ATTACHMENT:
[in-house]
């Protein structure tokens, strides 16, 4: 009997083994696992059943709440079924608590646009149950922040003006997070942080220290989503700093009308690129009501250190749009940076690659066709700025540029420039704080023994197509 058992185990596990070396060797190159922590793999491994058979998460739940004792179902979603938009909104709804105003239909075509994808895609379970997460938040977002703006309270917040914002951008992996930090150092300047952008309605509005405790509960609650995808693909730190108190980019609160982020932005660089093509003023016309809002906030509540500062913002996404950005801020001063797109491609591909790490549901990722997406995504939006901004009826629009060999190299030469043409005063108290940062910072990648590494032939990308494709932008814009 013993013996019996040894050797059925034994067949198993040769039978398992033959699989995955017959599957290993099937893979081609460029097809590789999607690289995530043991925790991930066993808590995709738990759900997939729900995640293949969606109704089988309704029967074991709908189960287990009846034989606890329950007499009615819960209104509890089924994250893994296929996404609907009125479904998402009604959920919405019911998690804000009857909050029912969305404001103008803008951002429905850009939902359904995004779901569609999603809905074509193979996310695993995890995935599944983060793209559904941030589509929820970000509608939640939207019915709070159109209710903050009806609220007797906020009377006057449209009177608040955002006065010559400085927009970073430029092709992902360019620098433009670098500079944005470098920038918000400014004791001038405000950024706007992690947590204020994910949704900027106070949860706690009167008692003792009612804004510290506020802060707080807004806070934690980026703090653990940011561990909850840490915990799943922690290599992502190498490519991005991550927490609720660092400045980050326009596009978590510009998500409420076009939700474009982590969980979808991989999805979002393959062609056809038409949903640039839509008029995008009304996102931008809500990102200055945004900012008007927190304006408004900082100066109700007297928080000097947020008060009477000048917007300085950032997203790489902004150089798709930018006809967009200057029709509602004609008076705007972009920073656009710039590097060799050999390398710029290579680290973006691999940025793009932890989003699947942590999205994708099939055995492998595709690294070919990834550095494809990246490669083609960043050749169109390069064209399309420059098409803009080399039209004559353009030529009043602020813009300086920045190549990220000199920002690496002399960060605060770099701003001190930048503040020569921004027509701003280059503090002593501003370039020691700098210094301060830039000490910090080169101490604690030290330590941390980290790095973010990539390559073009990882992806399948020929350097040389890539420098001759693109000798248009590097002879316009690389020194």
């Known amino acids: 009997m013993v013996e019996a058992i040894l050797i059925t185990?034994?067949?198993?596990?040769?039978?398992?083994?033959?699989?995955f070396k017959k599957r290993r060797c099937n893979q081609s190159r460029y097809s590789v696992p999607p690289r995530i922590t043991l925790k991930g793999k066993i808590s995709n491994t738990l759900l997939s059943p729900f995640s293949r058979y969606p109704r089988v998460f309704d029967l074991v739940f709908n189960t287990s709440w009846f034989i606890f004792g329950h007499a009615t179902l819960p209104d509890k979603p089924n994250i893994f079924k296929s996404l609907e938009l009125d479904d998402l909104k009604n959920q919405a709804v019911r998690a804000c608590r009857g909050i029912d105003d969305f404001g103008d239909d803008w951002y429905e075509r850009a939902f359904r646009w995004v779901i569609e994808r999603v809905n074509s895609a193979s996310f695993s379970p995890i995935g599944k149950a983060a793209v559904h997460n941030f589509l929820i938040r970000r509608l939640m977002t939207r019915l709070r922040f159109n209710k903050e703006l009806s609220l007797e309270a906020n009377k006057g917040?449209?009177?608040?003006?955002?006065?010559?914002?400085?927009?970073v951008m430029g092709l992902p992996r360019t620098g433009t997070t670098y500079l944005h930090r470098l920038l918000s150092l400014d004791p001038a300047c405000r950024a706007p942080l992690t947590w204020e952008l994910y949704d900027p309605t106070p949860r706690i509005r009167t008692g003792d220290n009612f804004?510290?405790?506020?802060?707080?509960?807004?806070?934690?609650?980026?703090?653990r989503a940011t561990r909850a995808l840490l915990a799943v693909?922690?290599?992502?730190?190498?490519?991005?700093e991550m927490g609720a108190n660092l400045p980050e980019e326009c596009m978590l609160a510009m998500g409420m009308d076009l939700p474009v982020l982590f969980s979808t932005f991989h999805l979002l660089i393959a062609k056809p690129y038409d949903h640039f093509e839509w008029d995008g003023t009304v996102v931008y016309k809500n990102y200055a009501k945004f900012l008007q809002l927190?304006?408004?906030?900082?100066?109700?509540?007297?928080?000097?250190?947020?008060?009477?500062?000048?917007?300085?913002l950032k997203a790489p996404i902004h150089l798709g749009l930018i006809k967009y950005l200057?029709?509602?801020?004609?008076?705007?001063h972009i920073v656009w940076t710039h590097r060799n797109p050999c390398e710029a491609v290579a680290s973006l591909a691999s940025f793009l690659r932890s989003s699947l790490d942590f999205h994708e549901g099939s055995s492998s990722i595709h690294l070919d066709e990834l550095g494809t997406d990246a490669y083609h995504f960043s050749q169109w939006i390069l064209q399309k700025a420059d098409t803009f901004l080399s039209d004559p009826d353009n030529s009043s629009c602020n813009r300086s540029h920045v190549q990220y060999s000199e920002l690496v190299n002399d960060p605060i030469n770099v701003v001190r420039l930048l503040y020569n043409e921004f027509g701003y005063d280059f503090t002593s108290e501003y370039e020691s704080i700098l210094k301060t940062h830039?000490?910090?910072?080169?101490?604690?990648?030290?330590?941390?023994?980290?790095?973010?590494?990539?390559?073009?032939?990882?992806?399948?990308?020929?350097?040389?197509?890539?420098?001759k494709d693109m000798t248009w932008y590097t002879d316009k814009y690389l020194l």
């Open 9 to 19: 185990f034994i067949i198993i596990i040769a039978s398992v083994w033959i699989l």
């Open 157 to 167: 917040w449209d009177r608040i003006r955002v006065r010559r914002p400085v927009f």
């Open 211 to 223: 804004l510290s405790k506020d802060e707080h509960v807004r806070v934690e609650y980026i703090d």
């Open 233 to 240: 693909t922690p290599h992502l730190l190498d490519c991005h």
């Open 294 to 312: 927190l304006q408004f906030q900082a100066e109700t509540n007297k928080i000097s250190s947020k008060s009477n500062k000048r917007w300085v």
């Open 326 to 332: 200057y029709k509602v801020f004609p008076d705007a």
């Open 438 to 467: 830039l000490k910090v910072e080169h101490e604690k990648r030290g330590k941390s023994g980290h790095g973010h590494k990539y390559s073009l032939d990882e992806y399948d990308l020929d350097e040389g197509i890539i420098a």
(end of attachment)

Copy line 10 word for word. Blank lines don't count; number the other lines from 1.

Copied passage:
């Open 438 to 467: 830039l000490k910090v910072e080169h101490e604690k990648r030290g330590k941390s023994g980290h790095g973010h590494k990539y390559s073009l032939d990882e992806y399948d990308l020929d350097e040389g197509i890539i420098a």